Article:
She’s Just a Little Mad, My Head Is on Straight
Kurt Weill’s 7 Deadly Sins

Tilly Losch and Lotte Lenya as Anna II and Anna I in The Seven Deadly Sins in 1933.

Tilly Losch and Lotte Lenya as Anna II and Anna I in The Seven Deadly Sins in 1933.

In 1932, Kurt Weill was commissioned to write a ballet. But, this was a ballet with a difference. Commissioned by the Englishman Edward James for his ballerina wife, Tilly Losch, James specified that Lotte Lenya would sing it and his wife, who looked not unalike Lenya, would dance it. A co-commissioner was Boris Kochno, a Russian poet, dancer, and librettist. Kochno, along with Serge Lifar, had inherited what remained of Diaghilev’s Ballets Russes but was unable to keep the company together.

With the commission in hand, Weill contacted Bertold Brecht, who had fled Nationalist Socialist Germany for Switzerland, and Brecht joined him in Paris to put together the libretto.

 Bertold Brecht and Kurt Weill

Bertold Brecht and Kurt Weill

The dual nature of the leading lady – one a singer, one a dancer – meant the creation of the split character Anna I (Singer) and Anna II (Dancer). Anna I is the practical and cynical impresario for Anna II, the emotional and impulsive beauty. Anna describes their split personality as ‘She’s just a little mad, my head is on straight,’ but there’s more than one place in the libretto where the two Annas are really just two aspects of a single Anna. The Annas travel the cities of America from their home in Louisiana to seek their fortune, but finding each city a source of yet another of the deadly sins.

1. Prologue
2. Faulheit / Sloth (city unnamed)
3. Stolz / Pride (Memphis)
4. Zorn / Wrath (Los Angeles)
5. Völlerei / Gluttony (Philadelphia)
6. Unzucht / Lust (Boston)
7. Habsucht / Greed (Tennessee, in posthumous versions Baltimore)
8. Neid / Envy (San Francisco)
9. Epilogue (home, in the new little house)

Through the work, the Annas want to fight the sins they encounter, but the Family (performed by a male quartet) insist that they must sacrifice all for the greater good. Once they have completed their 7-year trip, the Annas will have made enough money to build a little house for themselves and the Family.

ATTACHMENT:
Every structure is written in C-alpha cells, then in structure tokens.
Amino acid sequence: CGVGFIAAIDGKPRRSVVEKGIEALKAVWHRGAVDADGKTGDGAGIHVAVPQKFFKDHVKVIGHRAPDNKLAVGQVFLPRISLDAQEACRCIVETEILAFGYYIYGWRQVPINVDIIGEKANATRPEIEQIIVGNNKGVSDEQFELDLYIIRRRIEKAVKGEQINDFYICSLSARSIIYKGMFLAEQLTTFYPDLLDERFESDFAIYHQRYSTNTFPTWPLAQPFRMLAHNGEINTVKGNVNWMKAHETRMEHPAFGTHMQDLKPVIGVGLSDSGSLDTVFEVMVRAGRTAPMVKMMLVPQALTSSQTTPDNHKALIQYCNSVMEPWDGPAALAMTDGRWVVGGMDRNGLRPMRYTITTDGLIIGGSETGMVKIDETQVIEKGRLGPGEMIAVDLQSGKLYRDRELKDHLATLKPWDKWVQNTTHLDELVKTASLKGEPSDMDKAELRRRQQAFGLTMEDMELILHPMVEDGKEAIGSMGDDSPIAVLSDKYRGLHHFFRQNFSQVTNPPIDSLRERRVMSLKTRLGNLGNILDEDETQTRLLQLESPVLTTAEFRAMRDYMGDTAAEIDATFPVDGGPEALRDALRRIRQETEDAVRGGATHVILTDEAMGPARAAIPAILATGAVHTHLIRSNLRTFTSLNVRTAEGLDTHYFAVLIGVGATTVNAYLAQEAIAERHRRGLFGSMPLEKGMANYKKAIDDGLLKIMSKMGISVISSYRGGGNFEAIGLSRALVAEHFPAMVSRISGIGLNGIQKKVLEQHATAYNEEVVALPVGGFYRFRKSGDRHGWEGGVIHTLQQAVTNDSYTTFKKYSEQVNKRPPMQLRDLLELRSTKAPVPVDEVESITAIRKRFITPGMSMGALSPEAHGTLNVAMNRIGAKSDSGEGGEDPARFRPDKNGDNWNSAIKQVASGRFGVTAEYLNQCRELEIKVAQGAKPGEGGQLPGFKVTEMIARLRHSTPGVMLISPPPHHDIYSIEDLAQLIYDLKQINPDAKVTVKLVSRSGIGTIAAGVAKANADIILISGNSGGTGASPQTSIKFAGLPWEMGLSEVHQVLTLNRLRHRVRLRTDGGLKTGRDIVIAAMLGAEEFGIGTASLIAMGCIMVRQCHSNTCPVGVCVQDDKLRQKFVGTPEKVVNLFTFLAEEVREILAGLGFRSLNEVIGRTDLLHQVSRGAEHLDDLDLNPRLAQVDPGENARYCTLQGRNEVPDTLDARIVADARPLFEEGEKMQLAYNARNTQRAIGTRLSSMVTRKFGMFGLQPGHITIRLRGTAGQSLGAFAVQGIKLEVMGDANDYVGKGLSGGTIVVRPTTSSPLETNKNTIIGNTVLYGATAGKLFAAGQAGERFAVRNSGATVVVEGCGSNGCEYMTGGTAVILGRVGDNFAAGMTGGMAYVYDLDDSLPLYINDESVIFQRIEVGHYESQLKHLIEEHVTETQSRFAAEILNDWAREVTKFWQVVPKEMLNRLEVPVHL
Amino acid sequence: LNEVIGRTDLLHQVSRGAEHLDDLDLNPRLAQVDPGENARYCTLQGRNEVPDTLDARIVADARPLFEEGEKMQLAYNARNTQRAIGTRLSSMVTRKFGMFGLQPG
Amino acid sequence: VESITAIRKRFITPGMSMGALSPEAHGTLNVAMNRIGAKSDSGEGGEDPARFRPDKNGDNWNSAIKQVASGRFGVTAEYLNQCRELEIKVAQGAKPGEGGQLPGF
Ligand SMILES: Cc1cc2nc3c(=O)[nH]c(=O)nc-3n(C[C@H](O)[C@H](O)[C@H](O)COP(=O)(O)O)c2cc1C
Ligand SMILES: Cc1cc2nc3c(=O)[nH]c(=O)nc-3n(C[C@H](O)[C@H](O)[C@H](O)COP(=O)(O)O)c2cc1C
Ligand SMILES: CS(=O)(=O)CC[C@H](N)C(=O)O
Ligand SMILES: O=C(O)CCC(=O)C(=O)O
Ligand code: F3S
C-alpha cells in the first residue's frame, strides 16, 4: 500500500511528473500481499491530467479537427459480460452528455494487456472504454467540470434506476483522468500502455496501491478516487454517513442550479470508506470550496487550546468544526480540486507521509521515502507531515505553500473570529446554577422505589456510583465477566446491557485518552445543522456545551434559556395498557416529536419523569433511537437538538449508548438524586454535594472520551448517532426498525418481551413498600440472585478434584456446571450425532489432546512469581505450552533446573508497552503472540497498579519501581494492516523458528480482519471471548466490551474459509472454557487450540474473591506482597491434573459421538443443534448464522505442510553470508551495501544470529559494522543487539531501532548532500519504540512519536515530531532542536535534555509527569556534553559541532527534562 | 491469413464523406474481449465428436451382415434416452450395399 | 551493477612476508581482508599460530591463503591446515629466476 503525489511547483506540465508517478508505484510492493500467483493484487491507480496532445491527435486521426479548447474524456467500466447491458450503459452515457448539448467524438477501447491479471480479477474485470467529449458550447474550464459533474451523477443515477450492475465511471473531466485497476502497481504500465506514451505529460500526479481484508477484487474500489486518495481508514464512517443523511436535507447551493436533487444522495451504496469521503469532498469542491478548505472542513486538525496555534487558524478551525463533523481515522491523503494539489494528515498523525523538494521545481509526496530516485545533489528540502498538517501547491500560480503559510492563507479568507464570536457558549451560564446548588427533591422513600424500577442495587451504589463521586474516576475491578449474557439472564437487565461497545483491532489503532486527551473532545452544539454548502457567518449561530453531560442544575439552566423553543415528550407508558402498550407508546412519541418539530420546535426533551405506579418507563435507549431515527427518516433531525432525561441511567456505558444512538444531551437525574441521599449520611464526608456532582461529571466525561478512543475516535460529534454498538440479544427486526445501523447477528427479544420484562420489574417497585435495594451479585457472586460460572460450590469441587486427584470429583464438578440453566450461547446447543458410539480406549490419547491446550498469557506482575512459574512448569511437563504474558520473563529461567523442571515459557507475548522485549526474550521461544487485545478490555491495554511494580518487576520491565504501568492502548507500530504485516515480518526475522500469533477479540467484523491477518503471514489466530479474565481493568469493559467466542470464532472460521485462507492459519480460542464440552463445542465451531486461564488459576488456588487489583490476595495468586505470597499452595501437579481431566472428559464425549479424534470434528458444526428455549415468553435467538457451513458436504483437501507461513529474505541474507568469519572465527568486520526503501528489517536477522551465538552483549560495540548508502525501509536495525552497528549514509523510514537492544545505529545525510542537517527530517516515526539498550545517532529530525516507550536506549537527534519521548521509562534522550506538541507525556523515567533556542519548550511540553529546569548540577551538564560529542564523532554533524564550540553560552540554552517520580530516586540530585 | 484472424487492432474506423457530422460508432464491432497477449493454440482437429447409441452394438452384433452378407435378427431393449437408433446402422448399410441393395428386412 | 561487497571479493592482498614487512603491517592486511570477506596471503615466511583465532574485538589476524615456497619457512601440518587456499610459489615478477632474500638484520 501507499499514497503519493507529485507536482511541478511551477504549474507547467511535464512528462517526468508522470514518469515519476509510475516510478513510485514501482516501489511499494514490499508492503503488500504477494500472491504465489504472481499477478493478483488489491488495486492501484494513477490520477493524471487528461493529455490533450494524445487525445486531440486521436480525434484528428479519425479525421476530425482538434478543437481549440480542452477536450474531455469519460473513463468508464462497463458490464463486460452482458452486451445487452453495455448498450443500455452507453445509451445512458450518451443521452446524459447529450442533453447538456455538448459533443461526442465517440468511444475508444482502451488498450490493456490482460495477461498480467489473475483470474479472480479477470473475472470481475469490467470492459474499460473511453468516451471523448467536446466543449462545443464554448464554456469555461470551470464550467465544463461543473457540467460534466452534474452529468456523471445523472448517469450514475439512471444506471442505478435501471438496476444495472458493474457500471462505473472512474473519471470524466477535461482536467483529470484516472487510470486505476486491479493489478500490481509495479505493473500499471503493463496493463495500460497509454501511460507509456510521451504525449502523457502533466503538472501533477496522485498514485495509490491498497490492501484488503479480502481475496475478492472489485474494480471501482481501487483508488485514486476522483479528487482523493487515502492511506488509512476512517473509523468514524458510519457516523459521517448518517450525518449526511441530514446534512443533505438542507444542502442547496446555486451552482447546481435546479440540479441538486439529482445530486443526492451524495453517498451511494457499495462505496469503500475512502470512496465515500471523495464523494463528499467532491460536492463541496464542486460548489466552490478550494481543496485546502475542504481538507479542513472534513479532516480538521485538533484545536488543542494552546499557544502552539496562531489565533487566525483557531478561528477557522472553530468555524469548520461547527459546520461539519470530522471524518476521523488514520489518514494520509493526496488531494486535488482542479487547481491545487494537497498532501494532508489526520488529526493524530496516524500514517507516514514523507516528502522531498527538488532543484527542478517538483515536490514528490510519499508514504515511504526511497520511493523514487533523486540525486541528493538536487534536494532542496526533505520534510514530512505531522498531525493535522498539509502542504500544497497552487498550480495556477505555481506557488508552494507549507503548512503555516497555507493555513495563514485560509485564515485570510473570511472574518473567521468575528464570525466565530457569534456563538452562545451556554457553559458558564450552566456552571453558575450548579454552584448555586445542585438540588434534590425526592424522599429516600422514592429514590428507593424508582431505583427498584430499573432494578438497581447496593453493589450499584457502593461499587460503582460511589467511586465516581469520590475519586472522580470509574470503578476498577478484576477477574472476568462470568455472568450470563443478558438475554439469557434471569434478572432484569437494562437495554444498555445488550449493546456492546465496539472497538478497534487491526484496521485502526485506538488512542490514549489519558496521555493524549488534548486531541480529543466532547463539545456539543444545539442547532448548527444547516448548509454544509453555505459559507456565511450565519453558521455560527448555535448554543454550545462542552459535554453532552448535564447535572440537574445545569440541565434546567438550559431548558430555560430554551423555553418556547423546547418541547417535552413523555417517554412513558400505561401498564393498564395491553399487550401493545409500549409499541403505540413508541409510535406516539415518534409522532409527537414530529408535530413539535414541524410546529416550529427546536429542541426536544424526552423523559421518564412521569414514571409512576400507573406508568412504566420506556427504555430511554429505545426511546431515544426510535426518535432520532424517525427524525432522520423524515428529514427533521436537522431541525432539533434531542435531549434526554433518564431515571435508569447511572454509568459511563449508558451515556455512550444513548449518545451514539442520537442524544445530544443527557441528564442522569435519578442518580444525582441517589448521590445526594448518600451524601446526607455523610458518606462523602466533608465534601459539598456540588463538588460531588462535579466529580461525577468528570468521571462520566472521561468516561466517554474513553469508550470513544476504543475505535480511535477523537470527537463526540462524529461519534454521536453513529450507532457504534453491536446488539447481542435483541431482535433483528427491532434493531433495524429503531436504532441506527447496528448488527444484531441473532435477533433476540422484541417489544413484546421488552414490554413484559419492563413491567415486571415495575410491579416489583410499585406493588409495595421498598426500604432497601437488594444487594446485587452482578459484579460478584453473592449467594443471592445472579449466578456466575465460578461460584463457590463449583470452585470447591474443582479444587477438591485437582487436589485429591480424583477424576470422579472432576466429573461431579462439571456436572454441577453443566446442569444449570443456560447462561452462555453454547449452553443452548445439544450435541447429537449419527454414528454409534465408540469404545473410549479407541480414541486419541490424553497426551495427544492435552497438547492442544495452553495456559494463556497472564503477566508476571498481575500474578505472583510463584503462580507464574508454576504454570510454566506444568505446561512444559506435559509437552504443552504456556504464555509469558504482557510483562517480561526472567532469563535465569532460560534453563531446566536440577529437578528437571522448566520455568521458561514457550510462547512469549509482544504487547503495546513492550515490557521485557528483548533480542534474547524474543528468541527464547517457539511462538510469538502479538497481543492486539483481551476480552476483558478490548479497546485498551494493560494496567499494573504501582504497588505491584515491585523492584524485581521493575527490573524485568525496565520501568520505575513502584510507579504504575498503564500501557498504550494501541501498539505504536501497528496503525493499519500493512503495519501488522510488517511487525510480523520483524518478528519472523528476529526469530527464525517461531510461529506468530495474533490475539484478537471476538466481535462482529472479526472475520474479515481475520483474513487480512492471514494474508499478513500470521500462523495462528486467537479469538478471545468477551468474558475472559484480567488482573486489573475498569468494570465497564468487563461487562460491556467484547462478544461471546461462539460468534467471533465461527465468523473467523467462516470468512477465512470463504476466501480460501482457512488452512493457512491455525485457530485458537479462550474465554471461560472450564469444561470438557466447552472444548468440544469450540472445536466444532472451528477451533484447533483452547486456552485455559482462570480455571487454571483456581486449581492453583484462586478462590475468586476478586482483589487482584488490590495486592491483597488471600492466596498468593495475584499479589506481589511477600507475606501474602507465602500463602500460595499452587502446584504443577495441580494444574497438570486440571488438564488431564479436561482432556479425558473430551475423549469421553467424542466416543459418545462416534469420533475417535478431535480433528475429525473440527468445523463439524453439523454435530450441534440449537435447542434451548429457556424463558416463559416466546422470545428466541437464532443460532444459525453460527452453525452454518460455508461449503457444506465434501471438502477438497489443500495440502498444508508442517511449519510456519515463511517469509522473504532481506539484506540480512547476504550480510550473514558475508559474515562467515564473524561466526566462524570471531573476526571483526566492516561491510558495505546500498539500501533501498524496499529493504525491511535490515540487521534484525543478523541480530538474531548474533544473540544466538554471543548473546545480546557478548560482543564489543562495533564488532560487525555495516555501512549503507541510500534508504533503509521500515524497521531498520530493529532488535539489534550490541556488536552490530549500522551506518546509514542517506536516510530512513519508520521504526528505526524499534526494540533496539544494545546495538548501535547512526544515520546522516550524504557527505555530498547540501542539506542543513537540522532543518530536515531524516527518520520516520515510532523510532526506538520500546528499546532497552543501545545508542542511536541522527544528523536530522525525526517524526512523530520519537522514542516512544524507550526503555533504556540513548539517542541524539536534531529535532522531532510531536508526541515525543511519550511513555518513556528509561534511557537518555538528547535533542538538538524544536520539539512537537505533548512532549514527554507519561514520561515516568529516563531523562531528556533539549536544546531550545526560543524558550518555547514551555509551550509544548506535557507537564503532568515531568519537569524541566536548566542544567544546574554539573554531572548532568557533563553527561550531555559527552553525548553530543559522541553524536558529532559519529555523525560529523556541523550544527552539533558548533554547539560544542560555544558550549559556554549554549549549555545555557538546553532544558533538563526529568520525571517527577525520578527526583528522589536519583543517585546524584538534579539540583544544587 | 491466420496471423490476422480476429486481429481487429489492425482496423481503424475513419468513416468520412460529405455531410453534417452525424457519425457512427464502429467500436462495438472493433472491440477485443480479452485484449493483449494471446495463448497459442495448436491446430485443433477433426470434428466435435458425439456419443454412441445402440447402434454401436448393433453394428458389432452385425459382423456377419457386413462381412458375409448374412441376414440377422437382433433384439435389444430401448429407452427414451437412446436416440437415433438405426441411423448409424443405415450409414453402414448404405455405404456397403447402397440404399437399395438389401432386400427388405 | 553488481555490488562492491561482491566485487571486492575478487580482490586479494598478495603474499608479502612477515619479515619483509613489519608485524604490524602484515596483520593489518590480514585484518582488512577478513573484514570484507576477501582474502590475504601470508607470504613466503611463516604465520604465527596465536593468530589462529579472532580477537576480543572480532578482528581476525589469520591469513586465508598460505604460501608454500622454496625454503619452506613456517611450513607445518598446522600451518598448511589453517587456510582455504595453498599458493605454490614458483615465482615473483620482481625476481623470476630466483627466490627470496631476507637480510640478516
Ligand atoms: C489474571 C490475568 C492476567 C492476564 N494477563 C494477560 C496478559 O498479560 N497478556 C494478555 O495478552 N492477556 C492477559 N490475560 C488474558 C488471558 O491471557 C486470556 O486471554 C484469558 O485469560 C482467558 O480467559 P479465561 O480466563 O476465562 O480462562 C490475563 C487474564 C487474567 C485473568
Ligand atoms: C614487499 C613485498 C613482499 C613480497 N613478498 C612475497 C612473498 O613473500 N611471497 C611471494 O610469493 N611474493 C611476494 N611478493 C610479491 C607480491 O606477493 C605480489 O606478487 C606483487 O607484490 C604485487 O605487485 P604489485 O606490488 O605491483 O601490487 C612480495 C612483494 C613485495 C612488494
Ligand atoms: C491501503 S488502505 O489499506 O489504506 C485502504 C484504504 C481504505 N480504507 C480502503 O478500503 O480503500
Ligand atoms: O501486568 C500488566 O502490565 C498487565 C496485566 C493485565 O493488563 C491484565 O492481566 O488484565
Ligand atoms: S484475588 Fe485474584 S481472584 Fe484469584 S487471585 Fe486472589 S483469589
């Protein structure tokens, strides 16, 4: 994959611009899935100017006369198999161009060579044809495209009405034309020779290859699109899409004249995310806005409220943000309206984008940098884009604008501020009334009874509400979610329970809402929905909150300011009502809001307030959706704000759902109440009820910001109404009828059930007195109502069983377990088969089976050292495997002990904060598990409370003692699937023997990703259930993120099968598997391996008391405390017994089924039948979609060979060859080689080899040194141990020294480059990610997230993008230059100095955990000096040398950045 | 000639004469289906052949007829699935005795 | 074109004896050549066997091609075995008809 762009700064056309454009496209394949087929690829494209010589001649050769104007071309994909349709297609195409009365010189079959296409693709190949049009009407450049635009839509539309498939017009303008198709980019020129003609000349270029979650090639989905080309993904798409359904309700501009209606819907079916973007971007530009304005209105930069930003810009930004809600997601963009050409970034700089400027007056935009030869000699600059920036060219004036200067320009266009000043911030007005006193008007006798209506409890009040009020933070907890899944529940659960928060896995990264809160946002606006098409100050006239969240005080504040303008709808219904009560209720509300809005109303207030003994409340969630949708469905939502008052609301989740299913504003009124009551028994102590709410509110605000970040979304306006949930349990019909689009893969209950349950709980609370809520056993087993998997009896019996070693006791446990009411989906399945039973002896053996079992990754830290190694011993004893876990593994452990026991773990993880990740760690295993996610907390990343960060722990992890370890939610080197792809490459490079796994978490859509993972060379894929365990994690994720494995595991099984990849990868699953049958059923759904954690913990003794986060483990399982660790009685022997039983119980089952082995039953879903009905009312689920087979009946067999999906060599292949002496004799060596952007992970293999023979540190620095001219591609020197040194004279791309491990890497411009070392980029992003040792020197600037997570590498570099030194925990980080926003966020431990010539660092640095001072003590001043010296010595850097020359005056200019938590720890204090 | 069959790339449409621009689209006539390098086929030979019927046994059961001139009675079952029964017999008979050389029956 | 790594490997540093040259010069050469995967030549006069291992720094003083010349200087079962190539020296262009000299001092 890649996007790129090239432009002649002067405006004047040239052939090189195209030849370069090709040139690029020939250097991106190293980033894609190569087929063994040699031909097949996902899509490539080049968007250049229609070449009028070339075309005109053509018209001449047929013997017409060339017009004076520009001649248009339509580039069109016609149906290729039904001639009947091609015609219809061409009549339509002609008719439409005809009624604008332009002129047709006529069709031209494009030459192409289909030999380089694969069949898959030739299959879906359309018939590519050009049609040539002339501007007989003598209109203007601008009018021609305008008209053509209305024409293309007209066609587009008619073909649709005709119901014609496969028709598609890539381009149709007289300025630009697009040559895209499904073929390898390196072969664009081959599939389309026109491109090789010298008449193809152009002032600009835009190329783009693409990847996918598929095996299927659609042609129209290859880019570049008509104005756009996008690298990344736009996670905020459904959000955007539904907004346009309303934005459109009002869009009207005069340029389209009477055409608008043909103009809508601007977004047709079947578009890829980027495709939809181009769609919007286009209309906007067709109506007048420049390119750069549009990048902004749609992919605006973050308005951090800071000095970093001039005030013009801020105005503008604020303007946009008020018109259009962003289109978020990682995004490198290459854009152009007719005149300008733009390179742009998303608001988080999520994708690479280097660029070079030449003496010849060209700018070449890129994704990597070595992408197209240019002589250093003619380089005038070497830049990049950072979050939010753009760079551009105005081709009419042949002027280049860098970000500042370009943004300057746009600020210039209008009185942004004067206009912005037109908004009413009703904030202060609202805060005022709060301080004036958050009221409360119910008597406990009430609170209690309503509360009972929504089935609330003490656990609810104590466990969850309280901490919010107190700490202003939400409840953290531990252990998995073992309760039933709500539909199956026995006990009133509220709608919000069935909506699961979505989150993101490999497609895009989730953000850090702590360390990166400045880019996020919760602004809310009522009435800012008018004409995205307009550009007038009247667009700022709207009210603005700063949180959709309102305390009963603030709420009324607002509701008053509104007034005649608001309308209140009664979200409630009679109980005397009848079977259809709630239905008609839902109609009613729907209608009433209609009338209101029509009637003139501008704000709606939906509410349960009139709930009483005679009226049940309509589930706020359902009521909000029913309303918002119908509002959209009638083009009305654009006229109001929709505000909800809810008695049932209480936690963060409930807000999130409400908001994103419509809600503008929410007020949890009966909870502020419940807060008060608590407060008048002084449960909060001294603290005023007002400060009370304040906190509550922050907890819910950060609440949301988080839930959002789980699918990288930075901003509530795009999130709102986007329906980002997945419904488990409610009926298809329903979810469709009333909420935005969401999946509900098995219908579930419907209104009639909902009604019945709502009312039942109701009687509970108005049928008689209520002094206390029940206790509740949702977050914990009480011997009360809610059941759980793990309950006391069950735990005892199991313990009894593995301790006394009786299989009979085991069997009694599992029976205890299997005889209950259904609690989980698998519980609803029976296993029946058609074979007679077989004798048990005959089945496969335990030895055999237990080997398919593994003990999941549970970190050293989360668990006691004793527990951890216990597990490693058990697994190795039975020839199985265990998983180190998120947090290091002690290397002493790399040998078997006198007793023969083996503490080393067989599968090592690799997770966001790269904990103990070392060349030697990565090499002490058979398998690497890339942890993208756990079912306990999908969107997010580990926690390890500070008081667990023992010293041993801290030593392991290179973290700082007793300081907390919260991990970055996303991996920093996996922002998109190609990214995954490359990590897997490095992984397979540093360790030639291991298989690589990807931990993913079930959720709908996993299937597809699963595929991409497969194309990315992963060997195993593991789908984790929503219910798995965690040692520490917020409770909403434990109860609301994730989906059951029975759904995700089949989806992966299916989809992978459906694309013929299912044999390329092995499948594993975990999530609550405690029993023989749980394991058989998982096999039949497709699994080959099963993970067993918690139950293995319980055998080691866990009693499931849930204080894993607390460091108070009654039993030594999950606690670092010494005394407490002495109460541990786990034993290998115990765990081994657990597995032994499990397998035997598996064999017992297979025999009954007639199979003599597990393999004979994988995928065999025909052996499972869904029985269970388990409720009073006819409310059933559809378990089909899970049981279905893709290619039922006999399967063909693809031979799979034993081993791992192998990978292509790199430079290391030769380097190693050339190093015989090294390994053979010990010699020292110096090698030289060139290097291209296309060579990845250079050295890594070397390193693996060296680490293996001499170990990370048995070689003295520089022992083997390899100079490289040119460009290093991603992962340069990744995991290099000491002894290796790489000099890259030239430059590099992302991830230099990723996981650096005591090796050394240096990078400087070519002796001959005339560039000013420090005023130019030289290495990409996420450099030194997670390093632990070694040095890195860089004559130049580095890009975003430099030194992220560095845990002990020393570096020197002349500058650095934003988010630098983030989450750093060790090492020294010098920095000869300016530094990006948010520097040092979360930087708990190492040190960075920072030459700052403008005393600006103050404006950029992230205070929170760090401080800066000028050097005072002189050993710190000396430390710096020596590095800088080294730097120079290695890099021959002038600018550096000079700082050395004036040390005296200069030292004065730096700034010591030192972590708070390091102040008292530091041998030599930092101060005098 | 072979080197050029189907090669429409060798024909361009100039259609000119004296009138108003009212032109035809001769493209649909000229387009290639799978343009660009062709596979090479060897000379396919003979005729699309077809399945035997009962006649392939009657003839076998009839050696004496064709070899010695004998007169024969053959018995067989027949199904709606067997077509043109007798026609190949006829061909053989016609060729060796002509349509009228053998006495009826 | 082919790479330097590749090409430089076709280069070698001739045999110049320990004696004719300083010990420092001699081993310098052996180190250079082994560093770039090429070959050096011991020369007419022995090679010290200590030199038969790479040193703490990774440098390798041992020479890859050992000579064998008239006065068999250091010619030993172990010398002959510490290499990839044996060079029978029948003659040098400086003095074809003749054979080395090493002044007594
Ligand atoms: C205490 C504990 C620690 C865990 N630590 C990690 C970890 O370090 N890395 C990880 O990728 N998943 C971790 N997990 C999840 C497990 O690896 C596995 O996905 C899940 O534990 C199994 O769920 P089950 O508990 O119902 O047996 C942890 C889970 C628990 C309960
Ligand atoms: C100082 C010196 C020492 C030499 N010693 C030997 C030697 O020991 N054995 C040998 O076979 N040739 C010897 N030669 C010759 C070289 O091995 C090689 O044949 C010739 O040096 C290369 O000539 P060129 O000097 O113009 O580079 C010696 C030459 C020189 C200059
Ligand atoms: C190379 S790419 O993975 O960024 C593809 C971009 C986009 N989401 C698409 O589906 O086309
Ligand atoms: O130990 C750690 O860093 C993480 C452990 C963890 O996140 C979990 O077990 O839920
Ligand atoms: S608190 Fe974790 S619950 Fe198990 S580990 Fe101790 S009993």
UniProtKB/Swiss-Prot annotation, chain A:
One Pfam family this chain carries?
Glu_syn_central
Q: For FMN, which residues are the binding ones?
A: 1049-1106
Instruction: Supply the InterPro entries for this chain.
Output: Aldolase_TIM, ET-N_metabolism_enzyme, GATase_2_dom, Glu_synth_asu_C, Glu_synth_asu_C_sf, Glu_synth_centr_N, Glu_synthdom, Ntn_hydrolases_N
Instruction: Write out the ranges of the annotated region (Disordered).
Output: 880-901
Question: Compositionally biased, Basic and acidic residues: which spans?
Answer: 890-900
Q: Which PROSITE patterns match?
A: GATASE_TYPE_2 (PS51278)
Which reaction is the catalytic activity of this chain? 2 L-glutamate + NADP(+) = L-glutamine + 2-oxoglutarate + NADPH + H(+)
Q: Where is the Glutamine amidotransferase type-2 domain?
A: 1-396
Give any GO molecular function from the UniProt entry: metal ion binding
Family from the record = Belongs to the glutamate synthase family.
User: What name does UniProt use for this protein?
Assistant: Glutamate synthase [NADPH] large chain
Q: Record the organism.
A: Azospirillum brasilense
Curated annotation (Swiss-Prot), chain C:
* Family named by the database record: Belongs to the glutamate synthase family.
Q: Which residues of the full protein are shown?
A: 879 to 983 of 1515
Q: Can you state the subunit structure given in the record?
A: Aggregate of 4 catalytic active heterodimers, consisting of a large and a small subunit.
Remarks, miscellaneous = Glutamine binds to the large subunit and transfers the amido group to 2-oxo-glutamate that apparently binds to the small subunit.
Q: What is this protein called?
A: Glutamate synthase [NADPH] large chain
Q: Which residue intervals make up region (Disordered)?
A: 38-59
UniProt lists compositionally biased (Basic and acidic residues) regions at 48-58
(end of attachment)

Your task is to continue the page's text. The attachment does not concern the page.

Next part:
Weill: Die 7 Todsünden (The 7 Deadly Sins): Prologue (Anja Silja, – Anna I; Julius Pfeifer, tenor; Alexander Yudenkov, tenor; Bernhard Hartmann, baritone; Torsten Müller, bass; South West German Radio Kaiserslautern Orchestra; Grzegorz Nowak, cond.)
Brecht, Lenya, and Weill

Brecht, Lenya, and Weill

As the foil for the ‘good’ Anna I, Anna II often finds herself in the position of being scolded when she does try to be good. In Memphis, for example, the Family declares that Anna II is too proud (of her art) to perform at a cabaret and she should give in to her customers’ low desires.

No. 2. Pride
In Philadelphia, when Anna II tries to enjoy food, the Family reminds her that, as a dancer, she must keep on a strict diet.

No. 4. Gluttony
In San Francisco, Anna shows her envy when she wants to be more like those who are able to be lazy, who are too proud to be bought, who are free to express their anger at injustice, but it is her practical side who reminds herself of the rewards of her self-sacrifice.

No. 7. Envy
The seven-year journey of the sisters shows the gradual sacrifice of all that the Annas want or would like to be to make the Family have a comfortable home. There’s an inherent tragedy here – Anna, born free, gradually becomes enslaved to her Family’s desires and the sins she encounters through her journey can only reduce her. The sins, in the end, are truly deadly to the character that was the Annas.

The work received its premiere in Paris, by the Les Ballets 1933 company, founded by Boris Kochno and George Balanchine. This first production had choreography by George Balanchine and Maurice Abravanel as conductor. A second performance in Copenhagen in 1936 was immediately withdrawn because of the anger of the German Ambassador to Denmark. The work languished until the 1950s, when it was revived for a production by the New York City Ballet. Balanchine’s choreography was used and Lotte Lenya sang as Anna I, but the work was written at a lower pitch to match her older voice, and was sung in English. Since the 1990s, there have been a number of international productions for everyone sees in this little ballet much of the modern world.

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